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The Trials of Socrates:
Socrates has puzzled thinkers and historians for 2,400 years. Loved by some, lampooned by others, both revered and reviled, as an old man he was put to death. We know little for certain about Socrates because he never wrote down his philosophy. Most of what we do know comes from his star pupil, Plato, who wrote a couple dozen dialogues about his teacher's encounters with other Athenians. With The Trials of Socrates, editor C.D.C. Reeve has broadened our view of Socrates by adding the perspectives of Aristophanes and Xenophon to some of Plato's best-known writing on the great philosopher.
In Plato's dialogues--Euthyphro, Apology, and Crito, and a short excerpt of Phaedo--readers will find Socrates at his most moral, compelling, defiant, and wry. But other accounts of the famous philosopher, including Aristophanes' hit play The Clouds and Xenophon's Socrates' Defense to the Jury, cast the man in a different light. The Socrates of Aristophanes is a somewhat silly sophist (in fact, Socrates later referred to this play as his first trial in Athens). The Socrates of Xenophon, on the other hand, is practical and conservative.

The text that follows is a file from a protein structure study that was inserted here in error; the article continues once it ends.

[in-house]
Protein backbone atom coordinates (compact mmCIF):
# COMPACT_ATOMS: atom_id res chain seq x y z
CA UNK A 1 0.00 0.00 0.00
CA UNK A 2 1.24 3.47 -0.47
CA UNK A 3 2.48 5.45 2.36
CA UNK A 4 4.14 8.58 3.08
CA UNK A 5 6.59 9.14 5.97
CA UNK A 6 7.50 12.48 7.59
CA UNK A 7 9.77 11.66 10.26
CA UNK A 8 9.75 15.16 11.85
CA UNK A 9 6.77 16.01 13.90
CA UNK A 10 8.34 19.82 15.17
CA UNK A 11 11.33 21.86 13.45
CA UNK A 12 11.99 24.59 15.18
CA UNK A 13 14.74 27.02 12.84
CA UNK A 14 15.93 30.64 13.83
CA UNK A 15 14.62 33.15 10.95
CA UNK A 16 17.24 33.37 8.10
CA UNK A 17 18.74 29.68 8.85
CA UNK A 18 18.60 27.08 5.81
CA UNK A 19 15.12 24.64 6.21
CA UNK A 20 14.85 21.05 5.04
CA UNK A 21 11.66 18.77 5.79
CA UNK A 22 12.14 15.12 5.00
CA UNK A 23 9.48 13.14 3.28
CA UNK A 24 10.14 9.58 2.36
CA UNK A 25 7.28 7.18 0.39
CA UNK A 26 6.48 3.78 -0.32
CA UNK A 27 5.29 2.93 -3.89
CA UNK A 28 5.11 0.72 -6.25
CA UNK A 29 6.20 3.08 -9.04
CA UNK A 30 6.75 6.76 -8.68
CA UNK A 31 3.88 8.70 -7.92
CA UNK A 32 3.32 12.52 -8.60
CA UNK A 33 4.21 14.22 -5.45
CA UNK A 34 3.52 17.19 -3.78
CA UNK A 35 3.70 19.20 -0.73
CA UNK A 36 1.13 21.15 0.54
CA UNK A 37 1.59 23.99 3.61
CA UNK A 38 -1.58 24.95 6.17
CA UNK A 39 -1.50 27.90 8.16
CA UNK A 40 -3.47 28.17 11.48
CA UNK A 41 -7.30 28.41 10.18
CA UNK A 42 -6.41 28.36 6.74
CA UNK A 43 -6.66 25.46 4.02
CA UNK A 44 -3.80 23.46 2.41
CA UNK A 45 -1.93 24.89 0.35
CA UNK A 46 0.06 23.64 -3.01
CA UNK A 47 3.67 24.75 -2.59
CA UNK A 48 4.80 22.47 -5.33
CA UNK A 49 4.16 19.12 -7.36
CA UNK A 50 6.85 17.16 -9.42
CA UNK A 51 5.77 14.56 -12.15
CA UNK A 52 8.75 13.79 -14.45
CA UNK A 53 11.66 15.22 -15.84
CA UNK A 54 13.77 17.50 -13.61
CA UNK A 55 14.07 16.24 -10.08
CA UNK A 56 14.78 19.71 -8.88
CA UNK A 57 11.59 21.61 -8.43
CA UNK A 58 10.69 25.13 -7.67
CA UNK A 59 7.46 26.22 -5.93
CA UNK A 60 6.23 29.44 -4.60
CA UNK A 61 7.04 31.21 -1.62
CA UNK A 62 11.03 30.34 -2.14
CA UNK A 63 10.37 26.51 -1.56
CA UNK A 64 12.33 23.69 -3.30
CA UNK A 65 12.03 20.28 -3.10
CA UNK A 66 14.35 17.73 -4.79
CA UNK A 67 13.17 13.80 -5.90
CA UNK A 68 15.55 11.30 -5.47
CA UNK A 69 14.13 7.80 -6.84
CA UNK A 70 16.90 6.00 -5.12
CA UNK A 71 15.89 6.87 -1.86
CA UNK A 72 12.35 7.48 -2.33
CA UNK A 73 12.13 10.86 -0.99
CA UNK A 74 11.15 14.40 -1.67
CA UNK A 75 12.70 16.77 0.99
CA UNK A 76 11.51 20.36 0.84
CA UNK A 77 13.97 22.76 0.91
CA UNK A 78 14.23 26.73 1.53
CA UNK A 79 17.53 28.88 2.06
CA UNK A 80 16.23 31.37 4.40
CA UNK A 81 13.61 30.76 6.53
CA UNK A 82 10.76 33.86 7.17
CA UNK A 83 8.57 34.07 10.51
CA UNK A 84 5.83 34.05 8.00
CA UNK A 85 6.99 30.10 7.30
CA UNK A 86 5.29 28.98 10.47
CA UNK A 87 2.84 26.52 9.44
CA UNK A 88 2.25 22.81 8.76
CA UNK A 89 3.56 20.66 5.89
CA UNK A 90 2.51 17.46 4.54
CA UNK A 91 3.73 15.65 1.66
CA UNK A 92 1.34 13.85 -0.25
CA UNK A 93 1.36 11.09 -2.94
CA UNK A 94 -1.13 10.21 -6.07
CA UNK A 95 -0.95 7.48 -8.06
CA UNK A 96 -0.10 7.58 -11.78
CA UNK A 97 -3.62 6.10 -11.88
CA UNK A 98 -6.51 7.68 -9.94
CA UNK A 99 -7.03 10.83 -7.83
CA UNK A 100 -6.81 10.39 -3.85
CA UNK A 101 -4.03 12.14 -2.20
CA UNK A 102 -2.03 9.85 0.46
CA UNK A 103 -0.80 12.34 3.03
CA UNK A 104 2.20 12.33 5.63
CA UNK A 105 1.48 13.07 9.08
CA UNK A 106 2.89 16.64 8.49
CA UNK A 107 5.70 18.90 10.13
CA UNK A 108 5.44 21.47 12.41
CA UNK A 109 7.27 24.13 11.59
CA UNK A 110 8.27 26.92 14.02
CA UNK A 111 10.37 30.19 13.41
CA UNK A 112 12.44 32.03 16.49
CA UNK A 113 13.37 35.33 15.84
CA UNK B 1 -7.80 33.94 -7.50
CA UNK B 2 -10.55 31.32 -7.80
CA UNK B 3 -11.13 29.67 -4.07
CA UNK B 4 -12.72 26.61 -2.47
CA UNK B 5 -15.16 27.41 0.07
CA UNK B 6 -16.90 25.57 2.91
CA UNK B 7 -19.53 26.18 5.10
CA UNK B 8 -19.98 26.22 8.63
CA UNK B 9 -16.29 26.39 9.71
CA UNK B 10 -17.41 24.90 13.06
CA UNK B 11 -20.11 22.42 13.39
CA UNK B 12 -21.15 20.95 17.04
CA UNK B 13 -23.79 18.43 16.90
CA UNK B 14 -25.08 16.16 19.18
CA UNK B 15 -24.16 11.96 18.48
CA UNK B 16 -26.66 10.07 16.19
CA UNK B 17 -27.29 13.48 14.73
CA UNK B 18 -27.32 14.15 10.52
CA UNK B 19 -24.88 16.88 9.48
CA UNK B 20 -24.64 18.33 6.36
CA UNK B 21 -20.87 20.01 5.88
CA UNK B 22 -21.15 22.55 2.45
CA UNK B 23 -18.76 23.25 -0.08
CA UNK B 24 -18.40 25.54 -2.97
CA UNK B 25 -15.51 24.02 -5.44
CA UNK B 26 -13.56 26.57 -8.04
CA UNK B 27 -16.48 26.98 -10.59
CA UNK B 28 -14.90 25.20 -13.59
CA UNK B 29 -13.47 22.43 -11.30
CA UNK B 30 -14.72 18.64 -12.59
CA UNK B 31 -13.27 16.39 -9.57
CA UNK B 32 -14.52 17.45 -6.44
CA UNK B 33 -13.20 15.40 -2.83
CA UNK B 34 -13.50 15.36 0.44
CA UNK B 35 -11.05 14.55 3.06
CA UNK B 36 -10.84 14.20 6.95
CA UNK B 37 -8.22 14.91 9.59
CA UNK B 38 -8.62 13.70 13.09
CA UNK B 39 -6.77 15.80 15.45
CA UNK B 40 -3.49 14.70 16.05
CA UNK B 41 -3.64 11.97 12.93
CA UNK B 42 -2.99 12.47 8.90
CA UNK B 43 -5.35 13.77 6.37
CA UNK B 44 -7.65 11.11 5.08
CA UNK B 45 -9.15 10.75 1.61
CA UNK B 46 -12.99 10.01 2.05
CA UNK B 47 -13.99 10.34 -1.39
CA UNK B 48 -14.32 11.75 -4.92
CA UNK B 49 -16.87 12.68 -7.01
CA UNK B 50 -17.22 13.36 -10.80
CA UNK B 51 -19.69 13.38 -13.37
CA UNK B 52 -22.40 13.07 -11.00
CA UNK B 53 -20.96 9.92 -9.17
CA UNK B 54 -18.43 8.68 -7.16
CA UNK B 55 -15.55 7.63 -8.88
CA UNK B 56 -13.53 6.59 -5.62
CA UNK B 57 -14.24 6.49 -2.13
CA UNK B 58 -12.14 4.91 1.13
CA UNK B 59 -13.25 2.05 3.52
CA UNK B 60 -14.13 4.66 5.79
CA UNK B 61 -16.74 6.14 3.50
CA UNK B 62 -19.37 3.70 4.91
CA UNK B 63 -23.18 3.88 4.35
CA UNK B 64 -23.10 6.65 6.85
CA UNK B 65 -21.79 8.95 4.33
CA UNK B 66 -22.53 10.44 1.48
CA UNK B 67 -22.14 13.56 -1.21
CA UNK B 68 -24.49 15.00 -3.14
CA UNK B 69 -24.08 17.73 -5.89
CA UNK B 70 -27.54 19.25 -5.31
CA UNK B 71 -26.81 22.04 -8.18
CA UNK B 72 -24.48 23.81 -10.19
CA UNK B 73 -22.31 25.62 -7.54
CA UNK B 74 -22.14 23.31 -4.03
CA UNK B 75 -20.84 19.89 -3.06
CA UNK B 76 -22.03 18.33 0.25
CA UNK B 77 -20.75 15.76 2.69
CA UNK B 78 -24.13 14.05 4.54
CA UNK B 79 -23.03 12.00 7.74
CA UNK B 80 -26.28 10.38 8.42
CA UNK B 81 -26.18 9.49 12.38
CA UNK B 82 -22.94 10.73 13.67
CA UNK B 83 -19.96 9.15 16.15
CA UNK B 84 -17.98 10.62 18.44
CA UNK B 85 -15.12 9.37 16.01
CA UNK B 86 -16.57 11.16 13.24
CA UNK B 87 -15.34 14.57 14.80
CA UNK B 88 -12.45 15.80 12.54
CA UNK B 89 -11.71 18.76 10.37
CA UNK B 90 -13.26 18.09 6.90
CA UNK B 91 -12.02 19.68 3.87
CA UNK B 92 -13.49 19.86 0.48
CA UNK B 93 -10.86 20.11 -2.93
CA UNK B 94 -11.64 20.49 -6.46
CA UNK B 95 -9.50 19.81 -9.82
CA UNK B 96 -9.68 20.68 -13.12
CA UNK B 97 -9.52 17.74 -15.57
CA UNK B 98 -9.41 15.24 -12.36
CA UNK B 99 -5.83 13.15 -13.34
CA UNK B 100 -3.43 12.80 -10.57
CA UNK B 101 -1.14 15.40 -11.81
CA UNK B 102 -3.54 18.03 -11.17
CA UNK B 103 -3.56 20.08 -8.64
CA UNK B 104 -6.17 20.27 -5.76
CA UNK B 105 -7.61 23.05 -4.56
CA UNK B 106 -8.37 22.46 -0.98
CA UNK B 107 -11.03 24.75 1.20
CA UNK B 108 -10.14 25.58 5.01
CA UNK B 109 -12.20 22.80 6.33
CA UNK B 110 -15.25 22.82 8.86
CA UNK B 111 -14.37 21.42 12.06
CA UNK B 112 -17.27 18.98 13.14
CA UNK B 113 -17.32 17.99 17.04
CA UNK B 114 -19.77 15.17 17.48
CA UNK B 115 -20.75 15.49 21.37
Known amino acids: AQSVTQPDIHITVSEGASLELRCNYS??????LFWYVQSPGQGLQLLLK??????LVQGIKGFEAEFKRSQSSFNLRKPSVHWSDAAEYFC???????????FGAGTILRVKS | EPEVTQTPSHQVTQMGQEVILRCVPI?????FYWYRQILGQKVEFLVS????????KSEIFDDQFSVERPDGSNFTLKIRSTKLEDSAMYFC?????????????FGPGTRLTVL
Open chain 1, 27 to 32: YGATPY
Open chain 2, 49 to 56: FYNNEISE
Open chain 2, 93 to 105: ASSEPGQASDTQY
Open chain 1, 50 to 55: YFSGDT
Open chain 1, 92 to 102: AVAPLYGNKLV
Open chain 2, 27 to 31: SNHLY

By including all three authors, Reeve has done a great service for those interested in Socrates. Reeve provides short but helpful interpretive pieces that will guide the reader through the book, and the translations and explanatory footnotes are exceptional. The Trials of Socrates is an excellent volume for readers just coming to Socrates, or for those wanting to broaden their understanding of him. --Eric de Place [via]